Then we were on a 6 hour drive to Thimphu with Tamang ji, a driver referred by friend. We were having hot momos, noodles, butter tea at various mini hotels in the middle of no-where on the hills. Thanks to the curvy elevated roads throughout, the sight from windows was a perpetual postcard. Our driver told us so many amazing facts about Bhutan during this trip
Hotel Norbuling in Thimphu was just amazing and I highly recommend this. We were freezing at 4 degree celsius temperature outside when we reached Thimphu. They gave us complimentary coffee, warm towels, their green-pea soup is just out of this world!
Day 3: In the morning we started from Norbuling, got a permit to Punakha and started our trip. We went to visit this Buddha statue on top of the hill in Thimphu, it is surrounded by mountains all around and was work in progress. This statue could be seen from any point in the town and it so so peaceful. From here, we started for Punakaha, and it was just….OMG.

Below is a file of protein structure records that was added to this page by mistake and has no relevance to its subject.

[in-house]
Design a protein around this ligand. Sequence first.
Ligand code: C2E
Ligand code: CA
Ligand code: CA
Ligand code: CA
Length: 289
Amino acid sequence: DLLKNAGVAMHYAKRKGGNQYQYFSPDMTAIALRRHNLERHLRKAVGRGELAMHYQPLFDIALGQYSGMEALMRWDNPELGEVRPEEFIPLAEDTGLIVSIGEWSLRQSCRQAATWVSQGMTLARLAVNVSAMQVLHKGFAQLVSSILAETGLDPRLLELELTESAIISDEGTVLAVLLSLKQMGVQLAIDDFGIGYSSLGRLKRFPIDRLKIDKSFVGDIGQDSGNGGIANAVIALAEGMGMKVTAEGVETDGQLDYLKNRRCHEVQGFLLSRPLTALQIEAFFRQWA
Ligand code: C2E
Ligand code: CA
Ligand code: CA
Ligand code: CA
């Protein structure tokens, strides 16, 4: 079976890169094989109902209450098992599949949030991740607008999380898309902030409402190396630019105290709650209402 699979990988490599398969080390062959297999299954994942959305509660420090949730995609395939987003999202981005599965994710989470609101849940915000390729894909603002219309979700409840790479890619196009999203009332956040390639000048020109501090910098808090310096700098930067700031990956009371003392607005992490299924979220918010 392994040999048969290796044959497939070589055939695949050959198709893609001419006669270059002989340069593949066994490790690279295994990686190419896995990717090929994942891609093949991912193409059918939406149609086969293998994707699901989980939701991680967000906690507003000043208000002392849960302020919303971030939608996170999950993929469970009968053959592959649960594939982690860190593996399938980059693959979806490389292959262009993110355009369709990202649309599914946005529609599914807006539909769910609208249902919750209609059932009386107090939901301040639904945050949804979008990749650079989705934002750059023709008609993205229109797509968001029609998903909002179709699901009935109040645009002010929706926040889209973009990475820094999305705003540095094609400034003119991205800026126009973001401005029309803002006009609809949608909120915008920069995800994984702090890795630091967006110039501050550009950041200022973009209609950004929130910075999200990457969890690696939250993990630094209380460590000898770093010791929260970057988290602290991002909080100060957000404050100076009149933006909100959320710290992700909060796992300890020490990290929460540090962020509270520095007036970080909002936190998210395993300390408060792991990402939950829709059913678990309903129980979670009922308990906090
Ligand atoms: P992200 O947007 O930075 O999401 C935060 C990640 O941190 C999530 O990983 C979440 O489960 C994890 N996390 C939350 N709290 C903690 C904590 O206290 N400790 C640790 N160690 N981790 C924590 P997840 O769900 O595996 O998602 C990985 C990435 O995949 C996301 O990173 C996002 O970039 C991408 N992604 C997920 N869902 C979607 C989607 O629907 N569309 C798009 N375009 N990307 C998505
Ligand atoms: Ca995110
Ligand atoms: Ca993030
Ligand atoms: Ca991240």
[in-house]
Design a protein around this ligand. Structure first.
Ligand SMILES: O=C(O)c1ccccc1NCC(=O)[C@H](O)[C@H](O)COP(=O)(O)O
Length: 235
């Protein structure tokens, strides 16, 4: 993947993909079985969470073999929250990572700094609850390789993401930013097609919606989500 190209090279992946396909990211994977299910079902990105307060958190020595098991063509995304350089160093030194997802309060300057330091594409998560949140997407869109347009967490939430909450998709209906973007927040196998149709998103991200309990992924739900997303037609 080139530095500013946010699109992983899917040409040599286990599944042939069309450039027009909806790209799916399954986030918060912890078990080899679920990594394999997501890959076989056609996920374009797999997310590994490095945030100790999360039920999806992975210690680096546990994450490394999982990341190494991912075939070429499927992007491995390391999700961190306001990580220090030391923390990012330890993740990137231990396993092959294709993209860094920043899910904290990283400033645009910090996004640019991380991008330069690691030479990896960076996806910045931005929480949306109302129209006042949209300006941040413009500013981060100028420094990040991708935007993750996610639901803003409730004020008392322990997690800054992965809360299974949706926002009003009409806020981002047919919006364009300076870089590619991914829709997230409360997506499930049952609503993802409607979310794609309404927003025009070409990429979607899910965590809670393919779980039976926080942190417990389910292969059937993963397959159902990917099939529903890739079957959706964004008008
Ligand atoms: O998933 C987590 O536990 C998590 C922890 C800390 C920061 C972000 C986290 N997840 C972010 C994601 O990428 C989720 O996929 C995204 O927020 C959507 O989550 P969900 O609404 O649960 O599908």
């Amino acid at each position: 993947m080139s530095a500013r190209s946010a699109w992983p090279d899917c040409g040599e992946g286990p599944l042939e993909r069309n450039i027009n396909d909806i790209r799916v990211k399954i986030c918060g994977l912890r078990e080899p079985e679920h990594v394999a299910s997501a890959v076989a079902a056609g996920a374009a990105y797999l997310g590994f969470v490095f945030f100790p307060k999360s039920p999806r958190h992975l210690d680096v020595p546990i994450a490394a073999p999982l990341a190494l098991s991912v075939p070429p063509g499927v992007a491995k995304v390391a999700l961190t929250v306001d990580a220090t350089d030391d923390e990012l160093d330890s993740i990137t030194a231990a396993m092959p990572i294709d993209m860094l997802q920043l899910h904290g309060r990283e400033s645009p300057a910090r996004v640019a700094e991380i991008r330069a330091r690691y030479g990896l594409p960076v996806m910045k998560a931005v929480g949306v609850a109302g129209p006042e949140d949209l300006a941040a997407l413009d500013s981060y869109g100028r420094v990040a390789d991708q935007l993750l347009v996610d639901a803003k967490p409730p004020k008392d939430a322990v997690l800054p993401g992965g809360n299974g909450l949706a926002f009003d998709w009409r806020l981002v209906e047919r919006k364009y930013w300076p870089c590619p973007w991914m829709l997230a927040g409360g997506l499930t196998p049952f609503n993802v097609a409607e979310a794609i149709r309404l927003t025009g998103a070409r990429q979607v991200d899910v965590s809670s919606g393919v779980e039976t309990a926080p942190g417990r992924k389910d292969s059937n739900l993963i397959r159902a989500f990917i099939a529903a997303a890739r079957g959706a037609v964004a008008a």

There is a beautiful monastery on the bank of a river. The wall art is nothing like I have ever seen on any monastery before! And the surroundings…I could hear was the gushing of the breeze, flowing of the river, rustling of the leaves from trees aged hundreds of years and chirping of the birds.
We reached Paro by evening for an overnight stay
Day 4: Now this an exciting day, the day of Tiger’s Nest. It involved full day trek to top of mountain on a rough path. Fun fact: They have an option of horses to carry you till half way up for a fee. It was a great trek – peaceful surroundings, physically challenging & with a good company.
In the evening, we went for a stroll in the Paro main streets, went to restaurant called “All Seasons” that Tamang ji recommended. He was so caring & professional, so at the end of the meal we set up a Facebook page to promote his business.
Day 5: Our last day in Bhutan, we were going to Sikkim for a few more days and we will miss this country forever
– They have an yummy and healthy curry called Datschi which is a must try even though their butter tea did not spark my taste bids